Carrier's constraint

Carrier's constraint is the observation that air-breathing vertebrates which have two lungs and flex their bodies sideways during locomotion find it very difficult to move and breathe at the same time, because the sideways flexing expands one lung and compresses the other, shunting stale air from lung to lung instead of expelling it completely to make room for fresh air.[1]

It was named by English paleontologist Richard Cowen for David R. Carrier, who wrote his observations on the problem in 1987.[2][3][4]


Most lizards move in short bursts, with long pauses for breath.

Around the Late Triassic period, animals with Carrier's constraint were preyed on by bipedal species that evolved a more efficient stride.



Most snakes have only one lung, so Carrier's constraint does not apply.

Monitor lizards increase their stamina by using bones and muscles in the throat and floor of the mouth to "gulp" air via gular pumping.[5]

Some other lizards, mainly agamids, use bipedal locomotion for running and avoid sideways flexing. Bipedality in modern lizards is very rare, but it is an effective way to run without pausing to breathe, and is advantageous for catching active prey or evading predators.

Crocodilians use a "high walk" with a more erect limb posture that minimizes sideways flexing to cross long distances. However, as they evolved from upright walkers with limited bipedality, this may simply be a remnant of past behavior rather than a specific adaptation to overcome this difficulty. Todd J. Uriona of the University of Utah hypothesized that costal ventilation may have aided the upright posture in overcoming the constraint.[6]

Avoiding the constraintEdit

Birds have erect limbs and rigid bodies, and therefore do not flex sideways when moving. In addition many of them have a mechanism which pumps both lungs simultaneously when the birds rock their hips.[citation needed]

Most mammals have erect limbs and flexible bodies, which makes their bodies flex vertically when moving quickly. This aids breathing, as it expands or compresses both lungs simultaneously.[citation needed]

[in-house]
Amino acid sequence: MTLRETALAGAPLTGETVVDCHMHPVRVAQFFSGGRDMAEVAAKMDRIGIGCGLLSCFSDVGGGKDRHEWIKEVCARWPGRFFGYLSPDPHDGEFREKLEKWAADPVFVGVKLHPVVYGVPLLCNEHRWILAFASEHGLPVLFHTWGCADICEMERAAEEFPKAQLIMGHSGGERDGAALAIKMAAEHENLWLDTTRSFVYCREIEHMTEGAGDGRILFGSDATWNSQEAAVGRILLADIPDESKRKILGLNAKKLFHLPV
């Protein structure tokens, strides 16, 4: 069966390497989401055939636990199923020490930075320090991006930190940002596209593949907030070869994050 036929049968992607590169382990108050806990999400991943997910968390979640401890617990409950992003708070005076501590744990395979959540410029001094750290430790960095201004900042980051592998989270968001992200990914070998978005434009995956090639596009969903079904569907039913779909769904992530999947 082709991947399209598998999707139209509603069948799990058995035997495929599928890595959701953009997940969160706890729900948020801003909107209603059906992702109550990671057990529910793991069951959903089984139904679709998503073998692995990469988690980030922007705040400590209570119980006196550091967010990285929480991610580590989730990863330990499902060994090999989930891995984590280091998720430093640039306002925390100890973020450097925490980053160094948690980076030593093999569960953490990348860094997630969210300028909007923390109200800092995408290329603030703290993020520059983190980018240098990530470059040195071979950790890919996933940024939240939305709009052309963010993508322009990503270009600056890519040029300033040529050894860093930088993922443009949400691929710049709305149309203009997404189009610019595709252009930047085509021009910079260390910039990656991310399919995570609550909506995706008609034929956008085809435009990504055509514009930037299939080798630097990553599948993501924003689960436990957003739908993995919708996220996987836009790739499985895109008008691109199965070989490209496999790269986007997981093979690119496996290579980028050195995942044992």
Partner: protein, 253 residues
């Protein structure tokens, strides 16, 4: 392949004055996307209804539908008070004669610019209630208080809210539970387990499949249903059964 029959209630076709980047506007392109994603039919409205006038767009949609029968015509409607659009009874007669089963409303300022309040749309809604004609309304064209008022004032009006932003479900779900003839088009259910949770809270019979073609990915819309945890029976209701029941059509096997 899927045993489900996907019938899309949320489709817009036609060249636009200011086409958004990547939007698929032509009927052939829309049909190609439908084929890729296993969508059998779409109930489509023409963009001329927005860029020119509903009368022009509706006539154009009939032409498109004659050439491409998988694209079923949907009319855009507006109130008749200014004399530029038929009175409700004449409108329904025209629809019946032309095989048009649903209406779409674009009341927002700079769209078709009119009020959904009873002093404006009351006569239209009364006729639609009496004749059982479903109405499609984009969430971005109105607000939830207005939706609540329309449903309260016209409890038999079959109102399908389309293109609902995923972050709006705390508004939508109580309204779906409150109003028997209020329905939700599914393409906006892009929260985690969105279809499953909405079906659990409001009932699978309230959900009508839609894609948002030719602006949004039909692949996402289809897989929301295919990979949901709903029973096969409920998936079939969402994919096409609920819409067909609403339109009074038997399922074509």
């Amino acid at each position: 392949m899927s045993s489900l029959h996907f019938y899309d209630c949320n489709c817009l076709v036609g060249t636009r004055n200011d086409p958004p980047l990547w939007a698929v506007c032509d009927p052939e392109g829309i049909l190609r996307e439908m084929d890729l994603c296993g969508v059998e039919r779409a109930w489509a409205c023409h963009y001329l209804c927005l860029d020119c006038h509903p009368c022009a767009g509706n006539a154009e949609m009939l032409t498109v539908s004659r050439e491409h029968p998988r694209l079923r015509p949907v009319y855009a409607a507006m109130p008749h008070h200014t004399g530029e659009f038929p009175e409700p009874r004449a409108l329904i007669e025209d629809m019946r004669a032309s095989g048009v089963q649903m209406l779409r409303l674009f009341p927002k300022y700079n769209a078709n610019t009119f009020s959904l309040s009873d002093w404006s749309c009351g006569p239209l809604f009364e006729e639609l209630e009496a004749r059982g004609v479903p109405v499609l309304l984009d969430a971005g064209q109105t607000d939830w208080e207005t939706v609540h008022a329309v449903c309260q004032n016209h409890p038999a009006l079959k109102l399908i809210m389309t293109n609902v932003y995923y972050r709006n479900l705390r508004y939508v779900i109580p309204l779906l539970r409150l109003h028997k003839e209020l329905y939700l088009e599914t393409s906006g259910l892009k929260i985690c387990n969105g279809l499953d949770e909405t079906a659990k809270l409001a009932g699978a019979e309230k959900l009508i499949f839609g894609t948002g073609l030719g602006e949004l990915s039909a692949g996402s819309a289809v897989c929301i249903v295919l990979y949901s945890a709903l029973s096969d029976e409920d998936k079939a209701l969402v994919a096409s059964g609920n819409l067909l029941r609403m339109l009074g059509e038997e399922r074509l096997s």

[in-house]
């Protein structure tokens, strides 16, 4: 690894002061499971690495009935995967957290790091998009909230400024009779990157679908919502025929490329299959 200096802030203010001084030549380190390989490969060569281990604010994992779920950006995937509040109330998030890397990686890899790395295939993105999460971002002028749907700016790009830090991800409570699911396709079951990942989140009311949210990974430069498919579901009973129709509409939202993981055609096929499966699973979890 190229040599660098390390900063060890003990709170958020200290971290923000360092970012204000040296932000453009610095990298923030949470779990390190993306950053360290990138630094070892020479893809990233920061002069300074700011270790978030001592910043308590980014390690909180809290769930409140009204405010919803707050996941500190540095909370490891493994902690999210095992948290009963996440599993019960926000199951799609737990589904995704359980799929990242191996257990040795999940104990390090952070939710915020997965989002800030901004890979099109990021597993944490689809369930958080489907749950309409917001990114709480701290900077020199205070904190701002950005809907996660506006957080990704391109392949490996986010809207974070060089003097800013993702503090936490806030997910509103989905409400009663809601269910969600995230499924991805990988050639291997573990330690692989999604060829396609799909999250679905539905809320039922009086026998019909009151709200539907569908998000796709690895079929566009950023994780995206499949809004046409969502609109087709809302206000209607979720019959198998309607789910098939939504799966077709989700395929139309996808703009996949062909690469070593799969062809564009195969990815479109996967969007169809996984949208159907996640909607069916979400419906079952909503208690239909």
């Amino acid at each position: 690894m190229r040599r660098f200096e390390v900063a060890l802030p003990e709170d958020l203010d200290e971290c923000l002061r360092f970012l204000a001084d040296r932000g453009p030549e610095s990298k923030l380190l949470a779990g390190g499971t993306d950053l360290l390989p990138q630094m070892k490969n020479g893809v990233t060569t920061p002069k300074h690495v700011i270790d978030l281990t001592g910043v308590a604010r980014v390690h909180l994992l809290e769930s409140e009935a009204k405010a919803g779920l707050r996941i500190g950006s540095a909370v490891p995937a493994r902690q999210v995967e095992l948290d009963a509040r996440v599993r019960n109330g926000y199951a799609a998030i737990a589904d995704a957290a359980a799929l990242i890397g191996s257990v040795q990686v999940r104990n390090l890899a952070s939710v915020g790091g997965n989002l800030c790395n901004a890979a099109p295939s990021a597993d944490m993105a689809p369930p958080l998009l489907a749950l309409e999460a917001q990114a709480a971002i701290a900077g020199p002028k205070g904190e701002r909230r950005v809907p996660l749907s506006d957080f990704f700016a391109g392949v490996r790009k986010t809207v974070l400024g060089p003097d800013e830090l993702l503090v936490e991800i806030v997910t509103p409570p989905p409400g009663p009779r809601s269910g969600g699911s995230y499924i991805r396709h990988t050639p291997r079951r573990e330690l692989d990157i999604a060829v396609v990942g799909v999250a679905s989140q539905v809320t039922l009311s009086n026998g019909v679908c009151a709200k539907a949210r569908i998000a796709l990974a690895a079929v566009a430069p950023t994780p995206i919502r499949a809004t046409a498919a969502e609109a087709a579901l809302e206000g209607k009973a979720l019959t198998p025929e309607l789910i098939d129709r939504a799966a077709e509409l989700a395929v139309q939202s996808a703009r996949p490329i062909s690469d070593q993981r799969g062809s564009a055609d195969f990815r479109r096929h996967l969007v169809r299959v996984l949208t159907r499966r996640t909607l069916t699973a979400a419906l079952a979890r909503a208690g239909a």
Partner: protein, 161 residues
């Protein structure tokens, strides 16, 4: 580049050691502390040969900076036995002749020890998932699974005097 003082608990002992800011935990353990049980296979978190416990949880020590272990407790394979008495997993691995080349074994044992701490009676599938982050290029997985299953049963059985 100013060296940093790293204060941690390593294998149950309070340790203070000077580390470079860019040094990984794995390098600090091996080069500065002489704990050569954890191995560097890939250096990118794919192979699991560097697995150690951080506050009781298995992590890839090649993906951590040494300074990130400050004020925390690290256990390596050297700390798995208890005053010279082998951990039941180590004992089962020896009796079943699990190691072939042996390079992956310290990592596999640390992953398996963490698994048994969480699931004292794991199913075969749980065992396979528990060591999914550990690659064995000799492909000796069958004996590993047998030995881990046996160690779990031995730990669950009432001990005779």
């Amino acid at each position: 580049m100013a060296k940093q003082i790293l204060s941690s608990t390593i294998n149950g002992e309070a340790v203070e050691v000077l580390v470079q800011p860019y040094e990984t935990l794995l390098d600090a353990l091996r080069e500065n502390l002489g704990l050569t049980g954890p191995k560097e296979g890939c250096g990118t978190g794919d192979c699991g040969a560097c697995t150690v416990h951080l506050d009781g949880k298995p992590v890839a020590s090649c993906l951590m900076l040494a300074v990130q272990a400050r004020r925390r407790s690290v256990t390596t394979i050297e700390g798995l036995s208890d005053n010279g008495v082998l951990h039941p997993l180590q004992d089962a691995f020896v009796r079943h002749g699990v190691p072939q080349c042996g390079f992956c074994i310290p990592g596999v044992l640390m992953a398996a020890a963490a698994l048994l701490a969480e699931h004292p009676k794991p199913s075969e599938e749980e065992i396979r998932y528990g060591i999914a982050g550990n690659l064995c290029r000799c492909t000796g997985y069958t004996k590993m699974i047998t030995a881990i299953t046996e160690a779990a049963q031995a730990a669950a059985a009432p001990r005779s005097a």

Contrary evidenceEdit

Contrary to the above model, breathing is maintained in lizards during movement, even above their aerobic scope, and arterial blood remains well oxygenated.[7]

In popular cultureEdit

Paleontologist Richard Cowen wrote a limerick to explain and celebrate Carrier's rule:

The reptilian idea of fun
Is to bask all day in the sun.
A physiological barrier,
Discovered by Carrier,
Says they can't breathe, if they run.[3]

See alsoEdit


  1. ^ Carrier, D.R. (1987). "The evolution of locomotor stamina in tetrapods: circumventing a mechanical constraint". Paleobiology (13): 326–341. doi:10.1017/s0094837300008903.
  2. ^ Cowen, Richard (1996). "Locomotion and Respiration in Aquatic Air-Breathing Vertebrates". In Jablonski, David; et al. (eds.). Evolutionary Paleobiology. Chicago: University of Chicago Press. p. 337+. ISBN 0-226-38911-1.
  3. ^ a b Cowen, Richard (2003). "Respiration, Metabolism, and Locomotion". Richard Cowen, University of California, Davis. Archived from the original on October 21, 2014. Retrieved October 21, 2014. If the animal is walking, it may be able to breathe between steps, but sprawling vertebrates cannot run and breathe at the same time. I shall call this problem Carrier's Constraint.
  4. ^ Shipman, Pat (January 2008). "Freed to Fly Again". American Scientist. Research Triangle Park: Sigma Xi. 96 (1): 20. Retrieved October 21, 2014. Carrier's constraint is named for David R. Carrier at the University of Utah in Salt Lake City, who observed that the typical sprawling gait of a lizard restricts the animal's ability to breathe while running or walking.
  5. ^ Summers, Adam (2003). "Monitor Marathons". Natural History. 112 (5): 32. Retrieved October 21, 2014.
  6. ^ Uriona, Todd J. (2008). "The Function of the Crocodilean Diaphragmaticus". ProQuest. Retrieved October 21, 2014.
  7. ^ Bennett, Albert F. (1994). "Exercise performance of reptiles" (PDF). In Jones, James H.; Cornelius, Charles E.; Marshak, R. R. (eds.). Comparative Vertebrate Exercise Physiology: Phyletic Adaptations. Advances in Veterinary Science and Comparative Medicine. 38B. New York: Academic Press. pp. 113–138. ISBN 0120392399.